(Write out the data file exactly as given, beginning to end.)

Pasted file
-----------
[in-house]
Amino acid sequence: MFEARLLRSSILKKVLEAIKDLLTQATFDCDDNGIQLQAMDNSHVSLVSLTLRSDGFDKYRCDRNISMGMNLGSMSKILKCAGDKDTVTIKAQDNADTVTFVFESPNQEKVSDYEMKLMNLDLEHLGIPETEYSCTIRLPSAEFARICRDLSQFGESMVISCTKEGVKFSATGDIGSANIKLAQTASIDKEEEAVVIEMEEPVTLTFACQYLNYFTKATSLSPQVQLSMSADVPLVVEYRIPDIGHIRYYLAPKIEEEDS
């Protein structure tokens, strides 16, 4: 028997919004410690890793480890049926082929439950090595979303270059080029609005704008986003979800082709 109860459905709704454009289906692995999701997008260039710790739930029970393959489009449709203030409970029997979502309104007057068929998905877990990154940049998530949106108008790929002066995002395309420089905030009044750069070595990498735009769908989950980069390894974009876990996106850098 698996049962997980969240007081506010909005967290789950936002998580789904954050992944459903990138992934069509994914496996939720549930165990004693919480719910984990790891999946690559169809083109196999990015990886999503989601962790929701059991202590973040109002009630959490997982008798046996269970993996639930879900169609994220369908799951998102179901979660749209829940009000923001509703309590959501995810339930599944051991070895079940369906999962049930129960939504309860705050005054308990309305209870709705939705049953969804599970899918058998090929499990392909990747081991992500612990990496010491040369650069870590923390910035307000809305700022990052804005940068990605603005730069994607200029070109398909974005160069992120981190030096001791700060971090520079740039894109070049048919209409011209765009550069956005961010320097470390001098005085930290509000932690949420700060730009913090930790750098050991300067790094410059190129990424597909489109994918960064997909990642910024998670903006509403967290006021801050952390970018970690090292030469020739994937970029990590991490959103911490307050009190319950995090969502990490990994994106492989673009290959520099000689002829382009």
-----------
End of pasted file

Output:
[in-house]
Amino acid sequence: MFEARLLRSSILKKVLEAIKDLLTQATFDCDDNGIQLQAMDNSHVSLVSLTLRSDGFDKYRCDRNISMGMNLGSMSKILKCAGDKDTVTIKAQDNADTVTFVFESPNQEKVSDYEMKLMNLDLEHLGIPETEYSCTIRLPSAEFARICRDLSQFGESMVISCTKEGVKFSATGDIGSANIKLAQTASIDKEEEAVVIEMEEPVTLTFACQYLNYFTKATSLSPQVQLSMSADVPLVVEYRIPDIGHIRYYLAPKIEEEDS
């Protein structure tokens, strides 16, 4: 028997919004410690890793480890049926082929439950090595979303270059080029609005704008986003979800082709 109860459905709704454009289906692995999701997008260039710790739930029970393959489009449709203030409970029997979502309104007057068929998905877990990154940049998530949106108008790929002066995002395309420089905030009044750069070595990498735009769908989950980069390894974009876990996106850098 698996049962997980969240007081506010909005967290789950936002998580789904954050992944459903990138992934069509994914496996939720549930165990004693919480719910984990790891999946690559169809083109196999990015990886999503989601962790929701059991202590973040109002009630959490997982008798046996269970993996639930879900169609994220369908799951998102179901979660749209829940009000923001509703309590959501995810339930599944051991070895079940369906999962049930129960939504309860705050005054308990309305209870709705939705049953969804599970899918058998090929499990392909990747081991992500612990990496010491040369650069870590923390910035307000809305700022990052804005940068990605603005730069994607200029070109398909974005160069992120981190030096001791700060971090520079740039894109070049048919209409011209765009550069956005961010320097470390001098005085930290509000932690949420700060730009913090930790750098050991300067790094410059190129990424597909489109994918960064997909990642910024998670903006509403967290006021801050952390970018970690090292030469020739994937970029990590991490959103911490307050009190319950995090969502990490990994994106492989673009290959520099000689002829382009």